What Just Happened With Binance And FTX?

What Just Happened With Binance And FTX?
Jonathan Hobbs, CFA

over 1 year ago7 mins

  • FTX and its trading arm, Alameda Research, are separate legal entities but they’re both controlled by the same person, Sam Bankman-Fried (SBF).

  • Rumors have been floating that Alameda is on the verge of bankruptcy – and that’s dragged FTX and its exchange token (FTT) down with it.

  • Binance, the world’s biggest crypto exchange, had stepped in to buy FTX – one of its closest rivals – outright. But the deal fell through in the end after Binance checked out FTX’s books.

FTX and its trading arm, Alameda Research, are separate legal entities but they’re both controlled by the same person, Sam Bankman-Fried (SBF).

Rumors have been floating that Alameda is on the verge of bankruptcy – and that’s dragged FTX and its exchange token (FTT) down with it.

Binance, the world’s biggest crypto exchange, had stepped in to buy FTX – one of its closest rivals – outright. But the deal fell through in the end after Binance checked out FTX’s books.

This Insight was updated on Thursday, November 10th, with the latest developments…

It’s been a wild week in crypto. Binance, the world’s biggest crypto exchange, announced Tuesday it plans to buy FTX, a top-five crypto exchange and one of its leading rivals. The next day, it walked away. Now, a bankruptcy filing is more likely. This is a story that’s already seen a few twists and turns. So I’ve unpacked what you need to know, what the lessons are, and how you could even potentially take advantage.

What’s the backstory to all of this?

Sam Bankman-Fried (SBF, as he’s known) is an important name in crypto. Not only does he control FTX, but he also owns most of Alameda Research, a multibillion-dollar crypto fund with a big influence on the market. There’d been rumblings over the weekend that SBF’s crypto empire could be keeling over. That put massive pressure on the FTX exchange token (FTT), which at one point on Tuesday was down over 85%.

FTT price drop, Tuesday November 8th. Chart from TradingView.
FTT price drop, Tuesday November 8th. Chart from TradingView.

When FTX first started in May of 2019, it needed a big “market maker” to provide trading liquidity to its customers. See, crypto exchanges act as a middleman between buy and sell orders. And for FTX to get big, it needed a hefty trader on its platform that could help soak up what its customers were buying or selling. That’s where Alameda came in.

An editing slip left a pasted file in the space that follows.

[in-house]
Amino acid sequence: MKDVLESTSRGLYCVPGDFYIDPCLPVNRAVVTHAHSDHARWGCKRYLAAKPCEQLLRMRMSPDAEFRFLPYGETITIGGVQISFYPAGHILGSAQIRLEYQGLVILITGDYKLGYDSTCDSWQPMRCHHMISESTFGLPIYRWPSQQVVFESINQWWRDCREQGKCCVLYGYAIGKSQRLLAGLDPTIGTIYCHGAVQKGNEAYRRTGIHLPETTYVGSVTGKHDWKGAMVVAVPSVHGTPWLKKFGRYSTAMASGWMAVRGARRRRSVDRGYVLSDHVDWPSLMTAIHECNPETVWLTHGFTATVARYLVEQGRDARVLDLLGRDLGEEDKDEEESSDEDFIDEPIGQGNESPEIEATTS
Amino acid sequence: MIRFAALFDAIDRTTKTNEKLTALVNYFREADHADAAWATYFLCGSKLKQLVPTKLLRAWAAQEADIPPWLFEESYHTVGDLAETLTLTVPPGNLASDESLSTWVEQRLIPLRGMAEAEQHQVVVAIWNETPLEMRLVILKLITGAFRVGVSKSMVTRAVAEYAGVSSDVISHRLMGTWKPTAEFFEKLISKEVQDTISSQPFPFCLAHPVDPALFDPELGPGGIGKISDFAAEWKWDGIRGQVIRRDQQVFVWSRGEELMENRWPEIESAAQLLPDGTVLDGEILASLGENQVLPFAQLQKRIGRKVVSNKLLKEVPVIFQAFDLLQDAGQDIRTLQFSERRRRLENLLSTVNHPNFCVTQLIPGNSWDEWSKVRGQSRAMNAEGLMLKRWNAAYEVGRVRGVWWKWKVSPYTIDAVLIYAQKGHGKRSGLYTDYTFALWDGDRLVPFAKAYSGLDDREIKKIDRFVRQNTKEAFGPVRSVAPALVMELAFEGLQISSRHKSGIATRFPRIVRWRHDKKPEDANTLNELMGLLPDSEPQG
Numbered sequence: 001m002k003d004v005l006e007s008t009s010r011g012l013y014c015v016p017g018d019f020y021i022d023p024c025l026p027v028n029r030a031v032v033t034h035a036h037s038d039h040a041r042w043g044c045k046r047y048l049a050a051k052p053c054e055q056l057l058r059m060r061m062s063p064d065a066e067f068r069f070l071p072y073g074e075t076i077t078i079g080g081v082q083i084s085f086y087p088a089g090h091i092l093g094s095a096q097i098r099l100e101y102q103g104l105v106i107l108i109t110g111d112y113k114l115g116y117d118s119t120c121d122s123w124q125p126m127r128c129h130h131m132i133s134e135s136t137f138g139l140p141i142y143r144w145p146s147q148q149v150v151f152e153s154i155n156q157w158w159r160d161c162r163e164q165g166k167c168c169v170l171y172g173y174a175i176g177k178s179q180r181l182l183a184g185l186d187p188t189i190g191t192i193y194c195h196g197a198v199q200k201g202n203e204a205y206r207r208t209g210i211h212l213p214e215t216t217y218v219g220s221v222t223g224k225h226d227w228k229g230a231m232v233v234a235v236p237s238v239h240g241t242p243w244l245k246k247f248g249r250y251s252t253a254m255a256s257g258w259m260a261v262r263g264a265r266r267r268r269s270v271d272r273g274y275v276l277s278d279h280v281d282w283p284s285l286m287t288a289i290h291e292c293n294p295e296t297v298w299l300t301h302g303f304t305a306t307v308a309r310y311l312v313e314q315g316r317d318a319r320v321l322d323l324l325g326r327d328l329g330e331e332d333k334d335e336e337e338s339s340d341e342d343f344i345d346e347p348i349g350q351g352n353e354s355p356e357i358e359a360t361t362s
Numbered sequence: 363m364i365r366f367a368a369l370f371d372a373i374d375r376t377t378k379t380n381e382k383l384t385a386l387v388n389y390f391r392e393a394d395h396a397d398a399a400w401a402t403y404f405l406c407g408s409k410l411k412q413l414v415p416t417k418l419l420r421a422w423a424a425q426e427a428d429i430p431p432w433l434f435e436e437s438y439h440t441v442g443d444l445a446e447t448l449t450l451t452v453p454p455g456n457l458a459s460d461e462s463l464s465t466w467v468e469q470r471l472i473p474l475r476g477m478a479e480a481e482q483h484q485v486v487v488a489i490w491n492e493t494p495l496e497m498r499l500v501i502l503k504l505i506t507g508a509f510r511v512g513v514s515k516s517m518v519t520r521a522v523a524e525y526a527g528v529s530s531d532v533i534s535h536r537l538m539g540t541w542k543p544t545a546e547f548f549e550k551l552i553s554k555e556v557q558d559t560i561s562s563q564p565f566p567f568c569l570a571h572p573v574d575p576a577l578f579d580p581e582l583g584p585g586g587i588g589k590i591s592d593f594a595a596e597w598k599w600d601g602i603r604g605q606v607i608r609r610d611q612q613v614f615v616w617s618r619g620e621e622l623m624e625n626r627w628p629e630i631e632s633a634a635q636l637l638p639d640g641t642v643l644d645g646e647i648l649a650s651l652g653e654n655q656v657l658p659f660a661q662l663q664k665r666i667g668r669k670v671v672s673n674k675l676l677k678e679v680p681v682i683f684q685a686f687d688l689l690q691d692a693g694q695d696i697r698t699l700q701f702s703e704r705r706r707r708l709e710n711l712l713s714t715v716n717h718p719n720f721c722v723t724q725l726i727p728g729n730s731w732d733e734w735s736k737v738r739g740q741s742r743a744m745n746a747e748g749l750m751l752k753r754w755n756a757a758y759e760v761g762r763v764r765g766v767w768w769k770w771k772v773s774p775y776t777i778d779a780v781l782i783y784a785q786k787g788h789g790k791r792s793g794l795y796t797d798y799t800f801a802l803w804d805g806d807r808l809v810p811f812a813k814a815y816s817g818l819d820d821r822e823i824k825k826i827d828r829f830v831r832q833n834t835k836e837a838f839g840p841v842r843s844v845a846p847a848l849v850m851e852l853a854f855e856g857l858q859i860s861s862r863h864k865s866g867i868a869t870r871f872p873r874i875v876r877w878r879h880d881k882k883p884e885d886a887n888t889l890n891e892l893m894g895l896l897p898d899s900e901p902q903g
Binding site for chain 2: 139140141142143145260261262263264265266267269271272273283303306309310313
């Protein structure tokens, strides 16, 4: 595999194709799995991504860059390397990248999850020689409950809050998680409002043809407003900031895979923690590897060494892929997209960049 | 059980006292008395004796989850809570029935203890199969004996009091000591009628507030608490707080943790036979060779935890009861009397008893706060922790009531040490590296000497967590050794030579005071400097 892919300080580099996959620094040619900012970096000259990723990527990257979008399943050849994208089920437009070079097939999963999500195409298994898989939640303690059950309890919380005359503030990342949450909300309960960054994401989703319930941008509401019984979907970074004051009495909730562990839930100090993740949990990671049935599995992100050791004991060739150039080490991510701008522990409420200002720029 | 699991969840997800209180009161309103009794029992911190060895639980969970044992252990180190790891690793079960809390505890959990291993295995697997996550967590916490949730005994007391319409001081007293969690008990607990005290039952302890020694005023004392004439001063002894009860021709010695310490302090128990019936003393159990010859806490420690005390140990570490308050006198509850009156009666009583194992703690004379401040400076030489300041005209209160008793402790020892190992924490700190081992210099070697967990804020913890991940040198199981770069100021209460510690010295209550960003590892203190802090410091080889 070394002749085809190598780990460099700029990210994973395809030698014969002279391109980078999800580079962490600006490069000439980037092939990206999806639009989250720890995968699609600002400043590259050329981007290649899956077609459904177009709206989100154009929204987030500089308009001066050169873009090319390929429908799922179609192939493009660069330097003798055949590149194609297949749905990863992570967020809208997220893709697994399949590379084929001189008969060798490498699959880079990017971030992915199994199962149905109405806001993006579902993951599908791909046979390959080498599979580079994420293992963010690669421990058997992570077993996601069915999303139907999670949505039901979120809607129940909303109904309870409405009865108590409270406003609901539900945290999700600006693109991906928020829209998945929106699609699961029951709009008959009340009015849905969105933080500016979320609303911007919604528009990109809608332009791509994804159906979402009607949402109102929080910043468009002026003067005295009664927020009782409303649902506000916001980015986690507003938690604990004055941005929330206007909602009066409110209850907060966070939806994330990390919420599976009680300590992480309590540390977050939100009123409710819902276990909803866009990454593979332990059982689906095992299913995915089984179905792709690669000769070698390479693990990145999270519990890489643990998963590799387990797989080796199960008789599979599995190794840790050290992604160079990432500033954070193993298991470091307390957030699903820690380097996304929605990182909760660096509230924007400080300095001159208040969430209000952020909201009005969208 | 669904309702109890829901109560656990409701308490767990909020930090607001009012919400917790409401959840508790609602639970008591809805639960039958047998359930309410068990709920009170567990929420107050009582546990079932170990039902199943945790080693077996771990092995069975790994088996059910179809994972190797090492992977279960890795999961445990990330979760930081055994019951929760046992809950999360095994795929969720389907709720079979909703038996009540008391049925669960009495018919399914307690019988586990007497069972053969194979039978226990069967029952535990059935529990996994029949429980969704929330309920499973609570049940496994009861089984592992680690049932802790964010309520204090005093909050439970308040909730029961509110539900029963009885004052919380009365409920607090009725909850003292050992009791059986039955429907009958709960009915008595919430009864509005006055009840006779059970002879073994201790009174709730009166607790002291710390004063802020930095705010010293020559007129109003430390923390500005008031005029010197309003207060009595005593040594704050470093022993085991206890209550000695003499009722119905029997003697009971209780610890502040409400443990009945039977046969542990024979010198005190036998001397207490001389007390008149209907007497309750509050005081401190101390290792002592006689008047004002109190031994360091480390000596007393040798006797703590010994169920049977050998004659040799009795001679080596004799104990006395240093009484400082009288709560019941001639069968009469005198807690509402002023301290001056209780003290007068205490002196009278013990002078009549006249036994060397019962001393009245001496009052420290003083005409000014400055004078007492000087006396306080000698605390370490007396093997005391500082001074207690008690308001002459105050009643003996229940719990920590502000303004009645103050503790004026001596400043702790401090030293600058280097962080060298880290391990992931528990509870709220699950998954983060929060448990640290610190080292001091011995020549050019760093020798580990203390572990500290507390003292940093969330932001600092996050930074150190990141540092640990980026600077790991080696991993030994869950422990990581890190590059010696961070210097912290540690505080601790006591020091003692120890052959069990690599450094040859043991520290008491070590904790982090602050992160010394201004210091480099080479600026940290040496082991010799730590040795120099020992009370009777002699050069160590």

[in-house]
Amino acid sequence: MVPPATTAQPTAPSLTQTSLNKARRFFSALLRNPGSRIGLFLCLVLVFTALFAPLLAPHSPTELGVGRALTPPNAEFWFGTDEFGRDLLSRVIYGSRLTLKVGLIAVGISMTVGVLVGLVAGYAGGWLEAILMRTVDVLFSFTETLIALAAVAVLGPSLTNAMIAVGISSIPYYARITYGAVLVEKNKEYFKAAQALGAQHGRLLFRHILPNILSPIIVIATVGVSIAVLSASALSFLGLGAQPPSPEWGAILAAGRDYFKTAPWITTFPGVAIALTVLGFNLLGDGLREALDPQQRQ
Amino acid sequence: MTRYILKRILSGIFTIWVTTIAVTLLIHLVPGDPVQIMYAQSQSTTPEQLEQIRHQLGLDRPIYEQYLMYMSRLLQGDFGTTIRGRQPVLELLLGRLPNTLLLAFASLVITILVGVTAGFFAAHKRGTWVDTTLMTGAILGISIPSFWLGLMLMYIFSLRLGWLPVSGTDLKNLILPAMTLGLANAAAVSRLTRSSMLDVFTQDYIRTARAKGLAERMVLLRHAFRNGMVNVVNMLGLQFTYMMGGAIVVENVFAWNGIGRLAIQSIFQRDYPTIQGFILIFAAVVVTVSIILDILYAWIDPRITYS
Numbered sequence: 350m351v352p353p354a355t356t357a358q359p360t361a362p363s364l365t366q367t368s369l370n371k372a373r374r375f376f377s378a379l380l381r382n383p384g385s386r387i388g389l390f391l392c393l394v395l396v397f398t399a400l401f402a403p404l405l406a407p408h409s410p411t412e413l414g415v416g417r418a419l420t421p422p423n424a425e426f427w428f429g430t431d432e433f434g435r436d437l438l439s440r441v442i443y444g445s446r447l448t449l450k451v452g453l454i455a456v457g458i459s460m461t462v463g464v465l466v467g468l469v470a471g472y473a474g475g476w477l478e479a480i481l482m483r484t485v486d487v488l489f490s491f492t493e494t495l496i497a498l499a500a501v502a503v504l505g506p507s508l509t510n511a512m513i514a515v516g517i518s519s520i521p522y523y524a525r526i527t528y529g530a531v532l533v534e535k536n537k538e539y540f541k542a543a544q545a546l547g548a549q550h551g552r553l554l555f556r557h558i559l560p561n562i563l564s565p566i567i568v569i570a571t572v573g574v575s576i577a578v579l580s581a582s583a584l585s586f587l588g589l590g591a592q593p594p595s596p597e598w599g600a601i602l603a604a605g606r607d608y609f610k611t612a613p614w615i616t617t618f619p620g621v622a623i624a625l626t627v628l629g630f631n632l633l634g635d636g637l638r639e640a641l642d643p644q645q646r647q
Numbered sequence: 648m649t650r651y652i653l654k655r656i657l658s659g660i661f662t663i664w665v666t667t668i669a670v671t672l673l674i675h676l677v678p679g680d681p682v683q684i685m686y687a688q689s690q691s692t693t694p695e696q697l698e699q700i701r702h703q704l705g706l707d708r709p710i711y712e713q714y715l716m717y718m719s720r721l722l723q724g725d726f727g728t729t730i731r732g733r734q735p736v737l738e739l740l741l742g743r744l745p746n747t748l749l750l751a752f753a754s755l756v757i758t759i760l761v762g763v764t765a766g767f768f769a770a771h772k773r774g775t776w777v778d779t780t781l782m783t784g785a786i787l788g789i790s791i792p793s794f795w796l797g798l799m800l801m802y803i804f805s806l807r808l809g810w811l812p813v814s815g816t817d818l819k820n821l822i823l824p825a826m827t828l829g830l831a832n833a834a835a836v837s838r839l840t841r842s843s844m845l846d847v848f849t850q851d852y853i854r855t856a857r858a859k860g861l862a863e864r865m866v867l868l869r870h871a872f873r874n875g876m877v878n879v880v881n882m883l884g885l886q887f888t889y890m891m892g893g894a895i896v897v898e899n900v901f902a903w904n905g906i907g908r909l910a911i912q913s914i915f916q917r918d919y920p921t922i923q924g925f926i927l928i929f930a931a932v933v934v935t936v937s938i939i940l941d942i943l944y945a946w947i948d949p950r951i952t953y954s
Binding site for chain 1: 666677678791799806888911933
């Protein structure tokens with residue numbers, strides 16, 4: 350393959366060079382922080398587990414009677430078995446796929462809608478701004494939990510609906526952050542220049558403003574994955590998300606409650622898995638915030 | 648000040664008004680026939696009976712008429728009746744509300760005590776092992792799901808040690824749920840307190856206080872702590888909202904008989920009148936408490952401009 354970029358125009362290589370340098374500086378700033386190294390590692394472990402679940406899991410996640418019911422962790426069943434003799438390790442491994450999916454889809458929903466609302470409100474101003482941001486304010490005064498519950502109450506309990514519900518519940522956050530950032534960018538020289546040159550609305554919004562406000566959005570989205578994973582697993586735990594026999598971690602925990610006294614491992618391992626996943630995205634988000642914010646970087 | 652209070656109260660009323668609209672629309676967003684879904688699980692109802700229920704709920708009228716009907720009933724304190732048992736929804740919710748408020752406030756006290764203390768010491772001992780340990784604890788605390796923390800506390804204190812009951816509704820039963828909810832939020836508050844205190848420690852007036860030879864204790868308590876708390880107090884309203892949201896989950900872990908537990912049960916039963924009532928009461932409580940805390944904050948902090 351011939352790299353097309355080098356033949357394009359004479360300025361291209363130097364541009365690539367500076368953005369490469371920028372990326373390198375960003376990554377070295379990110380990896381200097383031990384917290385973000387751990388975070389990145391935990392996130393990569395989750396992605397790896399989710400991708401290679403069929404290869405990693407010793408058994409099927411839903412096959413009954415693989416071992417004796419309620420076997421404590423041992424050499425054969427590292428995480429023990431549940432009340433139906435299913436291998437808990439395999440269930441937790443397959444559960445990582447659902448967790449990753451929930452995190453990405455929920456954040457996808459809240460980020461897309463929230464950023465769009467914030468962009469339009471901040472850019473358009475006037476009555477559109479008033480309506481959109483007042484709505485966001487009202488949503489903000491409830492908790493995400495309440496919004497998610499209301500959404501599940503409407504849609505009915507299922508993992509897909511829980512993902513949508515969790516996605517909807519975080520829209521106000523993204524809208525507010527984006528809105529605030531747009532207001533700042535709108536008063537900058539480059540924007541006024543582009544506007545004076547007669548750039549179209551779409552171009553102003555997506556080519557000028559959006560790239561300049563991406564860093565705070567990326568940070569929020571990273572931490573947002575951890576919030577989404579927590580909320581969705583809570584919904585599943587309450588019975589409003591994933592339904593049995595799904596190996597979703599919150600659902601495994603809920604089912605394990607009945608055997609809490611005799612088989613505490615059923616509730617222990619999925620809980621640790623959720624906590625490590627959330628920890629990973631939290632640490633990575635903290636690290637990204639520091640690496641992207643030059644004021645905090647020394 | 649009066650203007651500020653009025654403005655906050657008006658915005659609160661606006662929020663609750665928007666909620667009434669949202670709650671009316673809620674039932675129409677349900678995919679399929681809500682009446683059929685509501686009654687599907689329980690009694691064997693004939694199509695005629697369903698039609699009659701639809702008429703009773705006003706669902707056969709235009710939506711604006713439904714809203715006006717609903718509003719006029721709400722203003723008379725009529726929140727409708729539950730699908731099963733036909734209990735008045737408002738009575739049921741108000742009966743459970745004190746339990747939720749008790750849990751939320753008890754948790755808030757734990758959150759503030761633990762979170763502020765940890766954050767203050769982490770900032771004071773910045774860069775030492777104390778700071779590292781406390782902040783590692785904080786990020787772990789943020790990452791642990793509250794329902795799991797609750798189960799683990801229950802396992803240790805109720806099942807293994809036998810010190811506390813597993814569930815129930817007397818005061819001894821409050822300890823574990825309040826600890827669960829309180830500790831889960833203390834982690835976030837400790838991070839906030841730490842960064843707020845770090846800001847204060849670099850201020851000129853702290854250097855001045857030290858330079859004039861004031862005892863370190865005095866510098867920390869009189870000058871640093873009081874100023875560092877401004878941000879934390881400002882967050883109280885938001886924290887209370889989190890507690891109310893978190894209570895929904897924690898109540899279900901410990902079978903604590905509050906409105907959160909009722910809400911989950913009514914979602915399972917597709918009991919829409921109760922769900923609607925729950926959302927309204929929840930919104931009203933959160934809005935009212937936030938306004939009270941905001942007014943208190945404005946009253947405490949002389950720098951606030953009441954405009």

The resulting liquidity attracted more traders to FTX, which helped FTX get really big, really fast. It was nothing but good times for SBF, Alameda, and FTX until recently, when it was thrown a couple of curveballs…

Curveball 1: CoinDesk’s article about Alameda's financial soundness.

A week ago, on November 2nd, CoinDesk put out an article saying there could be something fishy going on with Alameda’s bankroll. After reviewing a “private financial document”, CoinDesk reported that Alameda had $14.6 billion in assets on June 30, along with $8 billion of debt. The problem, though, is what made up those assets: the balance sheet was loaded with FTT ($3.7 billion) and “FTT collateral” ($2.2 billion). In other words, about 40% of Alameda’s assets were in a volatile token created by FTX.

This had the crypto market spinning for three reasons. First, it’s estimated that Alameda and FTX hold about three-quarters of all the FTT tokens in existence. So if Alameda needed to sell those assets to pay off their debts, the price of FTT would collapse – with too few buyers to soak up all that selling.

Second, Alameda had been borrowing money against the value of FTT, so if the price collapsed, so would Alameda – and it’s one of the biggest crypto funds around. That could cause all kinds of market contagion, just as we saw when the (smaller) crypto fund Three Arrows Capital imploded back in June.

And third, investors started worrying that Alameda could drag FTX down with it. Sure, FTX is a separate legal entity to Alameda, but because SBF owns both of them, the lines have always seemed a bit on the blurry side. And with fresh memories of crypto lending platform Celsius Network’s collapse in June, investors decided to pull their funds out of FTX in a hurry.

Curveball 2: Binance gets involved.